It has taken a while, but most listing brokers now have agency disclosure forms available for homebuyers at open houses.
The forms spell out who is representing whom — namely that the listing broker has only the seller’s best interests in mind. However, rare is the listing broker who complies with a statutory requirement to explain the form in more than a few words before buyers sign the thing.
What some brokers working for sellers apparently don’t understand is Continue reading
“honestly, fairly and in good faith”
It is pretty obvious that real estate agents and brokers who list properties for sale assume significant fiduciary duties to the owners under state law.
Those duties encompass obedience, loyalty, disclosure of information, confidentiality, accountability, and reasonable care, skill and diligence.
What may be less apparent to consumers is the obligation to treat everyone else acceptably under the law. We real estate professionals must “deal honestly, fairly and in good faith with the buyer.”
Within that phrase lie a number of duties — for example, the following: Continue reading
(Flickr photo by Metropolitan Police)
Real estate brokers in the state number 52,855, nearly half them in New York City.
Number of complaints filed with New York’s Department of State last year: 952.
Those figures were reported by the Real Deal in a piece about how hard will be enforcement of new advertising rules. (I reported on the changes previously.)
Given what most consumers think of real estate agents and the number of times that I alone have observed violations of state law, those numbers just don’t square with reality.
There’s a simple explanation. Continue reading
There is normally no magic involved in choosing a best and final offer. (Flickr photo by Emz.watson)
We are told early in the week that the listing broker already has two offers in hand. All other offers are due by Friday at 5 p.m., she says.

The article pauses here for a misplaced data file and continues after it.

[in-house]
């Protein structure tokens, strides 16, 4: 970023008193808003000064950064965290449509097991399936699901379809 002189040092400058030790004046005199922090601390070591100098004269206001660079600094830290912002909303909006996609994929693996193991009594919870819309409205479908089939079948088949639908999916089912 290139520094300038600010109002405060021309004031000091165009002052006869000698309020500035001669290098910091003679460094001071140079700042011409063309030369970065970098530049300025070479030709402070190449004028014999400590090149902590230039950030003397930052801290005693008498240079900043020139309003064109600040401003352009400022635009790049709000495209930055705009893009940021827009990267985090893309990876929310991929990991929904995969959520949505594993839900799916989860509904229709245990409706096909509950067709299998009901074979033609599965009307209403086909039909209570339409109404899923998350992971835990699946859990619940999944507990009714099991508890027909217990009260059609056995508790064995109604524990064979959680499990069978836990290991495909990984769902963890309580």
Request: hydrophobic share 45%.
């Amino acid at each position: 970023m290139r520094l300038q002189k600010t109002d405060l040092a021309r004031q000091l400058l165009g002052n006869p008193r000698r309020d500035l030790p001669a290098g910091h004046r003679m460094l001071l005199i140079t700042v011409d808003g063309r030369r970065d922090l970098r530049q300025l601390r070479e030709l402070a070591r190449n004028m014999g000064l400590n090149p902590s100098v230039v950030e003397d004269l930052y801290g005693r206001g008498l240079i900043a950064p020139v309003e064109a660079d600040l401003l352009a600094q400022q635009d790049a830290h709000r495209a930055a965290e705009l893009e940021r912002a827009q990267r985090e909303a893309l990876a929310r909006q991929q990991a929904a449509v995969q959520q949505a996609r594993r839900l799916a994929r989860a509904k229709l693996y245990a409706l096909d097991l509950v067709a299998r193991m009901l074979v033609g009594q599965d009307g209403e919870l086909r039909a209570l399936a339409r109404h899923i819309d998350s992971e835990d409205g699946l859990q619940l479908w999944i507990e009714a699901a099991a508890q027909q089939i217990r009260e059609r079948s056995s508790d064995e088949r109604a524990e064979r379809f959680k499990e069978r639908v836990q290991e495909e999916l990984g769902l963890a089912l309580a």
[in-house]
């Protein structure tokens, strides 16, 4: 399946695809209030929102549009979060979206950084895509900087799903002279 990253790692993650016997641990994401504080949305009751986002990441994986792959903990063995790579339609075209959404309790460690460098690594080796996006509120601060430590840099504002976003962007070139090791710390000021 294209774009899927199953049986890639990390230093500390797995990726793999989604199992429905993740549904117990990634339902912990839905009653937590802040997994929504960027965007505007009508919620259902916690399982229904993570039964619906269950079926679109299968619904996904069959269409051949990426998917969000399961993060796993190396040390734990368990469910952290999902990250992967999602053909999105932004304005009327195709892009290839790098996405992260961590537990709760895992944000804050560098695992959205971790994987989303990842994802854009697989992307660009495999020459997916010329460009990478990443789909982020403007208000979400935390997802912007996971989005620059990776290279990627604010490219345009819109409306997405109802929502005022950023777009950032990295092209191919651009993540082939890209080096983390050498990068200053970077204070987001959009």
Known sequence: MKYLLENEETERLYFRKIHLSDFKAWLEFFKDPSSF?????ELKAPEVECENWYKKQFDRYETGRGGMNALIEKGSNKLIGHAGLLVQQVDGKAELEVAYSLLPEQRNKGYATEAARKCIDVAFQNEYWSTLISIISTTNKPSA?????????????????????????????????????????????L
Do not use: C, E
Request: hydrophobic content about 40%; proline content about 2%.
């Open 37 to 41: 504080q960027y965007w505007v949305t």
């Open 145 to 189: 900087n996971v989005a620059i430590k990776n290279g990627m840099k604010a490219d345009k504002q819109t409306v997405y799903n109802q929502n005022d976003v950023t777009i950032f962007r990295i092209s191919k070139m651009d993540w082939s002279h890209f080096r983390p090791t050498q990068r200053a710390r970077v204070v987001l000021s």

Fair enough, but then she adds that best and final offers have a deadline of the following Monday at 5 p.m.
A double-deadline in advance is strange, indeed. What usually happens is that a listing agent has several offers in hand, doesn’t see a clear winner and only then, in concert with the seller, asks for best and final offers.
That’s the typical procedure. Continue reading
Requirements list on typical purchase application
To paraphrase Lloyd Bentsen, when I make a mistake, it’s a doozy. So it was with this post. Please see correction below, now reflected in headline.
A broker friend of mine confided in me her anger at another broker.
It seems that the broker listing an apartment wasn’t happy with the board package. My perfectionist friend, a highly successful broker of close to 30 years, had assembled the thing for her buyer and sent it to the other woman for review.
Without a comprehensively and competently presented package, as most consumers here know, the likelihood of a board’s accepting a prospective shareholder into the building is greatly reduced.
My friend, call her Emily, had painstakingly put together the thick packet, having Continue reading
The New York Department of State says in a stunning opinion letter distributed Monday by the Real Estate Board of New York (REBNY) that many of us real estate salespersons and associate real estate brokers, including me, are violating the law.
Associate Attorney Whitney A. Clark states in the letter that those of us who adopt or receive corporate titles such as vice president on upward are in violation of the real property law if we are not actually officers of the corporation — for example, any incorporated brokerage.
In the one-and-a-half-page missive, which amounts to a bombshell, Clark declared: Continue reading